Ever wondered how news anchors, actors and politicians seem to deliver all of their lines without stumbling or forgetting? Hubert J. Schlafly Jr., an electrical engineer, made that possible. He invented the teleprompter, a display device that prompts a speaker with an electronic visual text of a script, out of sight of the audience. While using this device, public speakers or performers appear to be speaking off the cuff.
Schlafly’s teleprompter was made of a motorized scroll of paper inside half a suitcase.
The idea was inspired in the 1940's by Broadway actor, Fred Barton, who wanted a way to remember his lines.
He approached Irving Berlin Kahn, vice-president of radio and television at 20th Century Fox. Kahn went to Schlafly, then the director of television research at the same company. Schlafly called it “a piece of cake.” Fox declined to invest in their device. Schlafly, Barton and Kahn then started their own company, TelePrompTer Corporation.
The device was first used on the CBS soap opera The First Hundred Years in 1950.
The major breakthrough for TelePrompTer Corporation came in 1952, when Herbert Hoover delivered the keynote speech at the Republican National Convention, using the device. Hoover became the first politician to use the teleprompter.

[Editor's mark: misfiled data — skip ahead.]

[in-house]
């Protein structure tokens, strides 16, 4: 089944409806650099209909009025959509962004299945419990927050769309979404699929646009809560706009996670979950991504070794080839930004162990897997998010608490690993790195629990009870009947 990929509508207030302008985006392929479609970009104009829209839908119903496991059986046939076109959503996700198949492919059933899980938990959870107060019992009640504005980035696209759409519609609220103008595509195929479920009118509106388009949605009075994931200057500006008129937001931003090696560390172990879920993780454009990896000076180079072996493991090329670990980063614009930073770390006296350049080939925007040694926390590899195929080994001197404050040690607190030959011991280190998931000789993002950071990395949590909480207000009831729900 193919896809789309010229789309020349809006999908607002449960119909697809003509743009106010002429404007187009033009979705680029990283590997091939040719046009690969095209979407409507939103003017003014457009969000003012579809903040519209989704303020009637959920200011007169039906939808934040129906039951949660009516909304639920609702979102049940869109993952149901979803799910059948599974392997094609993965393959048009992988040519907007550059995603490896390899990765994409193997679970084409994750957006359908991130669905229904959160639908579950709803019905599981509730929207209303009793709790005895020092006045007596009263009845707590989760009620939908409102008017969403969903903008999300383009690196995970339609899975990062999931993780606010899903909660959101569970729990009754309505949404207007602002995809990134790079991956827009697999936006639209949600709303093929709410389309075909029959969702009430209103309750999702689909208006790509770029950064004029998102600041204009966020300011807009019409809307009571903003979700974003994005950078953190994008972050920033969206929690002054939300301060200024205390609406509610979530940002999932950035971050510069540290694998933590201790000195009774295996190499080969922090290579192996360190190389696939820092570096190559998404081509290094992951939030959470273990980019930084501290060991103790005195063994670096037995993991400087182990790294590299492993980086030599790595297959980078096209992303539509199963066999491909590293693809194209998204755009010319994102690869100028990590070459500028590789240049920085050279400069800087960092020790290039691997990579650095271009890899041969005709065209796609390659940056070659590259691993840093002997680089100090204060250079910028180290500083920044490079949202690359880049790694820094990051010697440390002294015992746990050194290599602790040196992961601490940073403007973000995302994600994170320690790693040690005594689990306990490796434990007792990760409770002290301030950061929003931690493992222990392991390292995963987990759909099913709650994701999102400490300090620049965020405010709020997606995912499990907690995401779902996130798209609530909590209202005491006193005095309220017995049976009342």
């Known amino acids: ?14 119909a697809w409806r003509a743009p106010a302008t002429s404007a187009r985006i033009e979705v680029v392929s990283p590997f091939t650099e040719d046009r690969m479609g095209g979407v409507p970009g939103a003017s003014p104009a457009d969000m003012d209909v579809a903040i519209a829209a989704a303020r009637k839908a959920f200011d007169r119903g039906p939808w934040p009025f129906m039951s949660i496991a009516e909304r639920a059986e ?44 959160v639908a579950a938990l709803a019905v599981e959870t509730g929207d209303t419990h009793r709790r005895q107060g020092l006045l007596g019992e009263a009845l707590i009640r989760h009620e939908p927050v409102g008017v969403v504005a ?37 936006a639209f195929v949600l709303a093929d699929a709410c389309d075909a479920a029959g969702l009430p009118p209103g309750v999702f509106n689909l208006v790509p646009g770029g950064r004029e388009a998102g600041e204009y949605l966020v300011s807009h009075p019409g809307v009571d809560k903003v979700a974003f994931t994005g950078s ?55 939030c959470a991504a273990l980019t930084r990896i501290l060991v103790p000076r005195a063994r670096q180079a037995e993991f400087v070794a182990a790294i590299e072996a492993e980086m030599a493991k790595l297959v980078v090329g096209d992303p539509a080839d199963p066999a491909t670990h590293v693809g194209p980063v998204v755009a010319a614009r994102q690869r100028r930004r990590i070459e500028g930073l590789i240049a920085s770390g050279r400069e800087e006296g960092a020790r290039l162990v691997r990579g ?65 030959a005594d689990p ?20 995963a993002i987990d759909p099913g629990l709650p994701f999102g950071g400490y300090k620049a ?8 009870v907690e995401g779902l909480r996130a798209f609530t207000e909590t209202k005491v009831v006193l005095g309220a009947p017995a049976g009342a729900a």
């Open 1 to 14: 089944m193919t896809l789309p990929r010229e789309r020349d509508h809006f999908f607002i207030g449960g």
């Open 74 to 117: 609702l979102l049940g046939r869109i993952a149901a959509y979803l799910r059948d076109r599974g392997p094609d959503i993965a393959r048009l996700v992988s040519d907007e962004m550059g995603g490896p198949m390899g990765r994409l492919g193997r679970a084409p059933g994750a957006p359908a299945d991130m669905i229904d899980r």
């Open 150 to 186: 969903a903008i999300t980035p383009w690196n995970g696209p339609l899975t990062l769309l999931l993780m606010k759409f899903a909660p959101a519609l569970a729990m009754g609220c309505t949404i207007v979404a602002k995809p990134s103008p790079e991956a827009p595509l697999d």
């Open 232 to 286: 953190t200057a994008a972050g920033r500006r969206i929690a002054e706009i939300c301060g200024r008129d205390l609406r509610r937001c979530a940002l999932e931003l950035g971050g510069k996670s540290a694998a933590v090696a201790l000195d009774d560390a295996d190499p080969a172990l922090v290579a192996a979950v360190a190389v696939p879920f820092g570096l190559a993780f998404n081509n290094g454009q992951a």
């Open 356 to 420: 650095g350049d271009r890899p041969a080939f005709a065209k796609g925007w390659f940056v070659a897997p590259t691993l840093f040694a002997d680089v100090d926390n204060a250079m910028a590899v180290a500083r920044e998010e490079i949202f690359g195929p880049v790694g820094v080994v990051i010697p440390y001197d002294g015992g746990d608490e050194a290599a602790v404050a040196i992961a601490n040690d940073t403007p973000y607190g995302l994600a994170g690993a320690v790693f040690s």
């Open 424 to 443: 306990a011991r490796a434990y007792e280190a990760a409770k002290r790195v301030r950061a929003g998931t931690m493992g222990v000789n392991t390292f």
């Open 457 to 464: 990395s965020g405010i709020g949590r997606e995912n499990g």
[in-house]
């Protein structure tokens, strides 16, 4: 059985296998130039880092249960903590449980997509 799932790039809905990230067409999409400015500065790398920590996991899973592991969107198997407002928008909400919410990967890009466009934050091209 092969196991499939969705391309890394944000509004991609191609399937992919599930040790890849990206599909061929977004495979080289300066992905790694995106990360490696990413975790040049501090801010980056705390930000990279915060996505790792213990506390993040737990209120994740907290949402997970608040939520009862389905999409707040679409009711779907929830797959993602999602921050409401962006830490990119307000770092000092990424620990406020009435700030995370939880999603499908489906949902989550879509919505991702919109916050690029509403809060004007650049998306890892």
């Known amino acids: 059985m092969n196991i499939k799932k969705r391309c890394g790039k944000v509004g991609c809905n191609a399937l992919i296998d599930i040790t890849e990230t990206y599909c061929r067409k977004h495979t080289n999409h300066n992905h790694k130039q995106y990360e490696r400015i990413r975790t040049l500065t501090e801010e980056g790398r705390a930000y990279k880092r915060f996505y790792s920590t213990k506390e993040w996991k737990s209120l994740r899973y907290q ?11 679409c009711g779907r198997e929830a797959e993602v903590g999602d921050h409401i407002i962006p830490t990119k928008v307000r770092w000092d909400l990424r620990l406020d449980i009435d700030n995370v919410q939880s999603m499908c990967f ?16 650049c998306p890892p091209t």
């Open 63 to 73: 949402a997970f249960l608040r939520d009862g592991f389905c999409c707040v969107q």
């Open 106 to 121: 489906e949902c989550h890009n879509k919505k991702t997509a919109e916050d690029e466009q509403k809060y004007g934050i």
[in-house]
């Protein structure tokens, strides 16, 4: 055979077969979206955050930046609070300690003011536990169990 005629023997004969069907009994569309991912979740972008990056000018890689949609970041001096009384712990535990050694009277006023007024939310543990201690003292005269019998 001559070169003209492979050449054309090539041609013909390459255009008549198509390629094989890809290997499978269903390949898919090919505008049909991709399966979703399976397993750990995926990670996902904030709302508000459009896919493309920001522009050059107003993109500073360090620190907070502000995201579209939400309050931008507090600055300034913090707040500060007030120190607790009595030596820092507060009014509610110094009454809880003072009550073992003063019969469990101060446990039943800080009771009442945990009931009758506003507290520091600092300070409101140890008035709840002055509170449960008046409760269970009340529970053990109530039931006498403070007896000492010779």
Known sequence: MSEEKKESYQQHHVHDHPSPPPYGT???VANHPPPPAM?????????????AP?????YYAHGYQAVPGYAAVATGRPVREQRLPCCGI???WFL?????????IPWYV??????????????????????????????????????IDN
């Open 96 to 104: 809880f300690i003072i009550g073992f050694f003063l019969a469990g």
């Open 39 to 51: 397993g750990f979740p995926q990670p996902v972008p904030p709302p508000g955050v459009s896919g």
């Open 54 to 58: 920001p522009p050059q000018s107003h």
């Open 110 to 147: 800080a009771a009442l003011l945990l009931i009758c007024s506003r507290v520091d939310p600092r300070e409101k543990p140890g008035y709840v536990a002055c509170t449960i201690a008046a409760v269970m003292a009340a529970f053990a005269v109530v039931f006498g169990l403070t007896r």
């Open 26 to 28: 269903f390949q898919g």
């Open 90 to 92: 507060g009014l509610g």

Ironically, Schlafly rarely used his own invention. At his induction to the Cable Television Hall of Fame, in 2008, he admitted that it was the first time he had ever used his device to help deliver a speech.
He died in Connecticut April 20, 2011 at age 91.
Richard Hollingshead, a sales manager for Whiz Auto Products Company in New Jersey, invented the drive-in movie theatre in 1933.
It was the during the Great Depression and he noticed that, despite hardships, people continued to go to the movies at their local theatres.
Hollingshead's vision was for a family to have the convenience of watching movies from their car.
He began to experiment with the concept of the outdoor theatre in the backyard of his home in New Jersey.
First, he placed a Kodak movie projector on the hood of his car. For a movie screen, he nailed a sheet to the trees in his backyard, then placed a radio behind the screen to test for sound.
His biggest challenge was how a person parked behind another car could see the screen. Eventually, he built ramps that when spaced properly, allowed every person to see the full screen.
On May 16, 1933, Richard Hollingshead received the first patent for the drive-in theatre.